11 helmets have been assembled by the NFL and NFL Players Association on its common list of equipment approved for 201
By the end of last season, 32 players were wearing helmets that are now prohibited.
Jeff Miller, executive vice president of the NFL for health and safety initiatives, said it is "unusable" to convert
Each equipment manager was instructed to remove all prohibited helmets, which are listed on a poster. on Friday teams. If it is found that a team knows a player who has a helmet banned it, or that it has facilitated the use of one person, it will be subject to control of the league, Miller said on a conference call with reporters.
The NFL and NFLPA have been testing helmets since 2015, but they first agreed last year to prohibit lower performing models. Six people were banned immediately and a further four were approved, including the use of Tomás Brady, Patriots New England's fourth quarter, for another year.
The list of prohibited helmets for 2019 was not upgraded. Of the 11 models tested this spring, nine new ones were on the market, one was significant and one was in the market. another in 2018, according to Dr. Kristy Arbogast, NFLPA engineering consultant.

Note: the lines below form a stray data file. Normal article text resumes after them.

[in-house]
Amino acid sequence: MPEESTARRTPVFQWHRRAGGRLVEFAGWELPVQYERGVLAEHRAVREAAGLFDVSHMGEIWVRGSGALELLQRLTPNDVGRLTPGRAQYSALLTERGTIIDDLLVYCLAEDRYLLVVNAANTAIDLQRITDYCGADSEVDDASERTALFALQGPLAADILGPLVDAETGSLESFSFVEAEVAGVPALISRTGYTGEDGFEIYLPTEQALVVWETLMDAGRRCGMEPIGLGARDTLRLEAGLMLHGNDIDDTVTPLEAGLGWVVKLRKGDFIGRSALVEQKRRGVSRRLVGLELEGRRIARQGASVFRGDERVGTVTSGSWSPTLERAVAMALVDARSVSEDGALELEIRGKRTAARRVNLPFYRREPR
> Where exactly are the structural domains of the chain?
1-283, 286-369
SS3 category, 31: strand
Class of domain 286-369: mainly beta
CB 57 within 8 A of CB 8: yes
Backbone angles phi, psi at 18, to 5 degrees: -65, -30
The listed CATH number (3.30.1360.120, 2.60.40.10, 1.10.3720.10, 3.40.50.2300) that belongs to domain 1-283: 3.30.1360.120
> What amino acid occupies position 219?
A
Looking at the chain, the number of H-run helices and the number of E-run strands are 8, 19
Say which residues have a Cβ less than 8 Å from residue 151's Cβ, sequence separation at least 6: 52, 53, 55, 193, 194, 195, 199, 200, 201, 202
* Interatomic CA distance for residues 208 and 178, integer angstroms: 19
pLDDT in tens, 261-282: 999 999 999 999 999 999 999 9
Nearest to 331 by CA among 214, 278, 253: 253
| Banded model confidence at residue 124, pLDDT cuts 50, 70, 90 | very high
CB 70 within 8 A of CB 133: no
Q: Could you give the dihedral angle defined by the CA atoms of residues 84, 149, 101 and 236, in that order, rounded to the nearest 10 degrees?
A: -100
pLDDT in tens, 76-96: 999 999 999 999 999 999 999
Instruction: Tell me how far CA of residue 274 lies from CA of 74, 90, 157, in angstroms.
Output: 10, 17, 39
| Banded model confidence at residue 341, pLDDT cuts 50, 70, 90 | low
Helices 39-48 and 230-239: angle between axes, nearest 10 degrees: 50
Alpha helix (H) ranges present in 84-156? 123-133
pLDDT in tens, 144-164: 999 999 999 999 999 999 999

Six of the new helmets were classified among the top 10 on the 2019 poster . For the third year in a row, VICIS Zero1 helmet came on the list, and the F7 Schutt followed and the SpeedFlex Riddell Precision Diamond.
"One of the most exciting things is how innovation is driving years of innovation," Arbogast said. "You can see when you see the poster that many of the new helmets being introduced into the market are acting as highlights. And so, under the players' perspective, it's great that we are driving the innovation and we are driving better performing products on the field. ”
Approximately 50 percent of players moved to a helmet that was performing better in 2018, according to statistics that d & # 39; issued by the NFL. By Week 17 of the last season, 74 percent of the players used helmet that was in the best category. The NFL will send a list of teams of 32 players who were still wearing underperformance helmets in 2018 to facilitate upgrades.
Arbogast said that the majority of players who opposed the change said they preferred agility, comfort and the appearance of their old helmet. Dr. Jeff Crandall, chairman of the NFL's engineering committee, said some of the models added to this year's list were upgraded versions of these helmets.
"One of the things that prevented some players from moving," Crandall said, "But there is a wide number [approved helmets] capable of being comparable in aesthetics now. We hope that folks will come out of it." "
The helmet test is performed in a laboratory by Biokinetics Inc.. in Canada. According to Crandall, crash test dumps that wear all helmets are subjected to a test rogue that is placed through the influence of eight centers at three speeds each. The tests focus on linear accelerations, rotary accelerations and velocity, he said, and as a result there is a metric performance that "characterizes the ability of helmet to manage forces of influence."